False Accounting Cases under Section 17 of the Theft Act 1968

fraud solicitors

Our fraud solicitors are specialists in a crisis

False accounting has become more and more significant firstly with the industrialisation of society. While it has been said that in business ‘cash is king’, it is increasingly true that without accurate financial records, modern business and government operations flounder. False accounting cases are high on the priority list of the CPS and FCA, especially given the post financial crisis political climate. But just being accused of a criminal offence is not the same as being guilty. You have the right to expect a proactive defence from a specialist fraud defence solicitor if you are unlucky enough to find yourself in the firing line of an investigation or prosecution.

Our criminal solicitors often find that when this type of activity takes place, it can be a result of naivety or weakness, against the background of personal or business difficulties, rather than out of personal greed. We are non-judgmental, and our job is to help the client navigate his or her way through this ordeal.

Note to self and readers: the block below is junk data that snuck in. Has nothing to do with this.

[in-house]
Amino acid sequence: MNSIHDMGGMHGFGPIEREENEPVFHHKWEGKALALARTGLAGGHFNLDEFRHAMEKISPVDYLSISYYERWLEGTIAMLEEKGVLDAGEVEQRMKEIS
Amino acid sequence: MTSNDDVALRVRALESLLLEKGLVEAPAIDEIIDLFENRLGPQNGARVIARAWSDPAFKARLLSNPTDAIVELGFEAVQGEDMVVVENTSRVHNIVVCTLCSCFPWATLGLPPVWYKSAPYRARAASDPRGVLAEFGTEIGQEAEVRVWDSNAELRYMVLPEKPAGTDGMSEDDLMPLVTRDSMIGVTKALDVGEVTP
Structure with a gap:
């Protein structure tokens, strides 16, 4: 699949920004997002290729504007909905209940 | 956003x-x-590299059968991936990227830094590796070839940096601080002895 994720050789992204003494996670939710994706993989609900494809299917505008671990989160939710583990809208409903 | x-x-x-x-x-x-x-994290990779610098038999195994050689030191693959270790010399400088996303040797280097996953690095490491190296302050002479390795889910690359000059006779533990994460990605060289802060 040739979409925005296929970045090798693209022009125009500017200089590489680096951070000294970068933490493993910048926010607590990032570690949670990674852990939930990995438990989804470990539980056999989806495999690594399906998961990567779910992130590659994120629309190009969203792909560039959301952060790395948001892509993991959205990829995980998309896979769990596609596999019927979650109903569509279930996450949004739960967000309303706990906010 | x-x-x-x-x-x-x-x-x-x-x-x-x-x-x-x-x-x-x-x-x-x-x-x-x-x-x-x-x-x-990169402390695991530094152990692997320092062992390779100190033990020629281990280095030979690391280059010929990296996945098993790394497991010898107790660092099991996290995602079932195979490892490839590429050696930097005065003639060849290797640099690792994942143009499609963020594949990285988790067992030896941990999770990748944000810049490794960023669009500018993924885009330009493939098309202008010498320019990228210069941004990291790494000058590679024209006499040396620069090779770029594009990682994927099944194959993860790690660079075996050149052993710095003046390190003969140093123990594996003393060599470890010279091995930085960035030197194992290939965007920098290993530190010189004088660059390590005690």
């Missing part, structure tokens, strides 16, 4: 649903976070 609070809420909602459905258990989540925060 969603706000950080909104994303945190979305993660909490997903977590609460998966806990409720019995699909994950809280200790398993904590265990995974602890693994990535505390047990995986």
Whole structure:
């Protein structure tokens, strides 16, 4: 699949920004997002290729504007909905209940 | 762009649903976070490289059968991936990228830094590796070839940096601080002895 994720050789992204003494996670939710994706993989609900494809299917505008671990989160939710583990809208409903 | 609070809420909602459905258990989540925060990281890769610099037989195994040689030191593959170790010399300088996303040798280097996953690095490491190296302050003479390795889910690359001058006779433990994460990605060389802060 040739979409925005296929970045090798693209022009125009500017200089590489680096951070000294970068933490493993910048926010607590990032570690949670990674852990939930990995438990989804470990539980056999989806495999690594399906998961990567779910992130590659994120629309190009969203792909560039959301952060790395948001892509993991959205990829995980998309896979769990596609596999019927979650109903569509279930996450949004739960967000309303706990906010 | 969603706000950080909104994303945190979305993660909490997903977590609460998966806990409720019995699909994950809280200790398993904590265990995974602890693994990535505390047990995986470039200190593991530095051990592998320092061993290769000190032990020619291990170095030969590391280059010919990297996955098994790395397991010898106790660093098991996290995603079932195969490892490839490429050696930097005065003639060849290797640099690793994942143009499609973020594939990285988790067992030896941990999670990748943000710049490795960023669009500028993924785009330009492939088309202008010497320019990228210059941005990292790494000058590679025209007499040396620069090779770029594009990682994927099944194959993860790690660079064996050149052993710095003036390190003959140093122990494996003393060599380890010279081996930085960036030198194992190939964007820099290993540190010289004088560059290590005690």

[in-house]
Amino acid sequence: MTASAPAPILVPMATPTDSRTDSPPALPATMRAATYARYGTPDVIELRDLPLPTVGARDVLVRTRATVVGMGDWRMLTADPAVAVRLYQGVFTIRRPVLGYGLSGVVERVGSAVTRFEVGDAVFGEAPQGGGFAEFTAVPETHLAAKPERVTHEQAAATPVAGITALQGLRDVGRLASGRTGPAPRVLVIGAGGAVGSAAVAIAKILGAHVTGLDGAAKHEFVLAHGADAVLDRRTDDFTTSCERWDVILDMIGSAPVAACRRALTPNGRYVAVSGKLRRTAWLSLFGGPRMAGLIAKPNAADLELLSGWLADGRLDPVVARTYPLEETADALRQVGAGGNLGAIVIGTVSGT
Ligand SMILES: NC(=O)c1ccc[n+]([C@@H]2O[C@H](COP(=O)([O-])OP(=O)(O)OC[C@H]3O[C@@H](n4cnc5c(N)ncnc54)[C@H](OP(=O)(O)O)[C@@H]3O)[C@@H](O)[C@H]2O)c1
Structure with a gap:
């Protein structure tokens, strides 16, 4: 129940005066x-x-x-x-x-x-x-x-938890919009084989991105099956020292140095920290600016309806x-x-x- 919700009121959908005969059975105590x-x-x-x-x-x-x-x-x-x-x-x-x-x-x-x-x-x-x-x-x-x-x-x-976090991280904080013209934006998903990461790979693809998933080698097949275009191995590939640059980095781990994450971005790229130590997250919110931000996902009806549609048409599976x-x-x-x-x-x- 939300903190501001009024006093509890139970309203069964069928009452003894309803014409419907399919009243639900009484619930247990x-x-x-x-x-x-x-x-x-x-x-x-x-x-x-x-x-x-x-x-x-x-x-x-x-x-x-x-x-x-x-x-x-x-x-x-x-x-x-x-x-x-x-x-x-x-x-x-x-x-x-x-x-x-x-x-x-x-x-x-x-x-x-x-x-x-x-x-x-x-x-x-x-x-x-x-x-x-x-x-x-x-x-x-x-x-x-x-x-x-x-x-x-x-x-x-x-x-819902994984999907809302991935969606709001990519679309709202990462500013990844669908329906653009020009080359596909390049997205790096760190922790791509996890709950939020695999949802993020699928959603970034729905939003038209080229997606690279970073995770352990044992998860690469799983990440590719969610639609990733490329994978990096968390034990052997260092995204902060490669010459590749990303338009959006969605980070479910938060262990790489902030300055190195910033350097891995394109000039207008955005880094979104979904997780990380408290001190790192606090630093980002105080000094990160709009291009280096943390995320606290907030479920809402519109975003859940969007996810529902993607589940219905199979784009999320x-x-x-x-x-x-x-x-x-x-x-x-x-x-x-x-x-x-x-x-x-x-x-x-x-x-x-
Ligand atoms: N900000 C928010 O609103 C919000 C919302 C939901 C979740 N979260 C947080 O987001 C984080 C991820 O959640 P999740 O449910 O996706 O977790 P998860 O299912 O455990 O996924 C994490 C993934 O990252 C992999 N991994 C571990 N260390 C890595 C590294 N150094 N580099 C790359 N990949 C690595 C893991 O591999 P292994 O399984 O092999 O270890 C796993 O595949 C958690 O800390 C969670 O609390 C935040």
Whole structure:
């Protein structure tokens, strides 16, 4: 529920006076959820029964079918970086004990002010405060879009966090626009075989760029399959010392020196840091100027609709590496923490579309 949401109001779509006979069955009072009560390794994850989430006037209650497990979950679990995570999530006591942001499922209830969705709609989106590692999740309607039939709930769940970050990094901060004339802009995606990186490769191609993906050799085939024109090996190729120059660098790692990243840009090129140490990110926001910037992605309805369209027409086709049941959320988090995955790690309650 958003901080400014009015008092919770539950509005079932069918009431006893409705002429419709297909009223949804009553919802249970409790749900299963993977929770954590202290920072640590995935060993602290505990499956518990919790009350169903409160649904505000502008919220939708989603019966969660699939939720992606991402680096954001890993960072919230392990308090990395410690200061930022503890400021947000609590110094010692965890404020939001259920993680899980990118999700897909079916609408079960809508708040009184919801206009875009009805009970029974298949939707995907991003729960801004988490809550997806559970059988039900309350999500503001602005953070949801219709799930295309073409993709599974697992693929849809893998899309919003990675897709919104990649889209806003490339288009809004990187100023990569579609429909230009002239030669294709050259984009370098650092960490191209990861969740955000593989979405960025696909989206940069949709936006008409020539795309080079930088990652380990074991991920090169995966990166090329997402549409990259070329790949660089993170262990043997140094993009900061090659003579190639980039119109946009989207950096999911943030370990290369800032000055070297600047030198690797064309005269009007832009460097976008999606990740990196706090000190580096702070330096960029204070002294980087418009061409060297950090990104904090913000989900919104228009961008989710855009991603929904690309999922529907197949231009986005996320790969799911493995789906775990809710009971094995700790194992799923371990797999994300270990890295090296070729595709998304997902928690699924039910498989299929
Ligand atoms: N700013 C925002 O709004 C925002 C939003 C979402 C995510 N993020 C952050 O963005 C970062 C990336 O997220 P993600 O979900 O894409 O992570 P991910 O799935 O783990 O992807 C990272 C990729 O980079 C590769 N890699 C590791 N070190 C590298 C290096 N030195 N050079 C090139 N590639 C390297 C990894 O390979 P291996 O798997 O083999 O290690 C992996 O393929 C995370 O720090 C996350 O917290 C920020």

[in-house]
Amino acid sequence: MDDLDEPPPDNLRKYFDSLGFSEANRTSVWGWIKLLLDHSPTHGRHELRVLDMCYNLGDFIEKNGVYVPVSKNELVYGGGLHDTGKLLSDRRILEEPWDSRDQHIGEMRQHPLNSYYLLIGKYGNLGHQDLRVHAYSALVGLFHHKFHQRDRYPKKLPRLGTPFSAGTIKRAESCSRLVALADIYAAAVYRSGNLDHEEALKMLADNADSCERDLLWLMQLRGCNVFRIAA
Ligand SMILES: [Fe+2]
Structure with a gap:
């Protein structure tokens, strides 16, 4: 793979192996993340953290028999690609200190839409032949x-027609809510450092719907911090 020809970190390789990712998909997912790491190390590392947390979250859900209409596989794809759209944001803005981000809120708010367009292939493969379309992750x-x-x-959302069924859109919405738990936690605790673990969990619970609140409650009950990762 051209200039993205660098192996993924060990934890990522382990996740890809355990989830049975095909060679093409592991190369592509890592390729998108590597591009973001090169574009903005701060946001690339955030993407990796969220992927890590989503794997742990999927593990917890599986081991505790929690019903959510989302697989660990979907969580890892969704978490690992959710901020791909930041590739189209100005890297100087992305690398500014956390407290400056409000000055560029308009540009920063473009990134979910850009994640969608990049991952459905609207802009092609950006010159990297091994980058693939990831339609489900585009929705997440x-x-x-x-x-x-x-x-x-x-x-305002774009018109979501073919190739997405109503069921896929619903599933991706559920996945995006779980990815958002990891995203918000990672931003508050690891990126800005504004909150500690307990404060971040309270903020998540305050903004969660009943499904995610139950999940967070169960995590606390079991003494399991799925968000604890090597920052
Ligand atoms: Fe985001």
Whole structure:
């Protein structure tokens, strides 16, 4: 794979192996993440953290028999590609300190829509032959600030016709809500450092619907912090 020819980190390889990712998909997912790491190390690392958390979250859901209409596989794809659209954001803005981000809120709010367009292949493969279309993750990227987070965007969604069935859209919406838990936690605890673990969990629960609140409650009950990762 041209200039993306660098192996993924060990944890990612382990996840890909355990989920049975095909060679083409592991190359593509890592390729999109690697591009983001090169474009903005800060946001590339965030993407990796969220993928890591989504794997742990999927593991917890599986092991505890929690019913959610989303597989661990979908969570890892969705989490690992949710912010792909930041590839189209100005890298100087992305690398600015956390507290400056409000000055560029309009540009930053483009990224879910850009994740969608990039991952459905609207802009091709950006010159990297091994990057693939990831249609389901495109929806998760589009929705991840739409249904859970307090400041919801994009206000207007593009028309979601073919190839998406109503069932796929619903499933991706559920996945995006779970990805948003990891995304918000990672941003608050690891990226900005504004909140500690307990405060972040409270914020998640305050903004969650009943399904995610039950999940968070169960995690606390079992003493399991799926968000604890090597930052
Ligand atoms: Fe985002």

We are regularly instructed in cases in which fraudulent misrepresentations occur in financial records, often involving many millions of pounds of benefit or loss. Some of our recent experience includes a case involving allegations of large scale, multiple defendant conspiracies. Examples of such cases include the embezzlement of funds from one of the World’s largest management consultancies, another case involving false financial declarations by the Vice President of one of the largest technology and media companies in the world, and many cases of wrongdoing by significant members of institutions in the City.

We have included a free guide below to how the law in this area works, and some of the practical aspects of this type of case that a client should be aware of.

What is False Accounting?

False accounting is the dishonest altering, destroying, hiding, or fabricating of accounts records with a view to gain for oneself, or cause loss to another. It also includes providing misleading or deceptive documents, or omitting relevant documents when accounts information is requested.

This activity can arise in numerous situations, often to cover up something that had happened before: for example, in an attempt to cover up a theft or financial losses, the classic example being the use of the famous ‘five eights’ account by ‘Rogue TraderNick Leeson to conceal losses from unauthorised trading resulting in the £800 million collapse of Barings Bank in 1995. It also occurs in circumstances where the accounts are falsified in order to give a false impression; for example, to obtain credit, to inflate the price of shares, or to make a business seem more profitable than it actually is.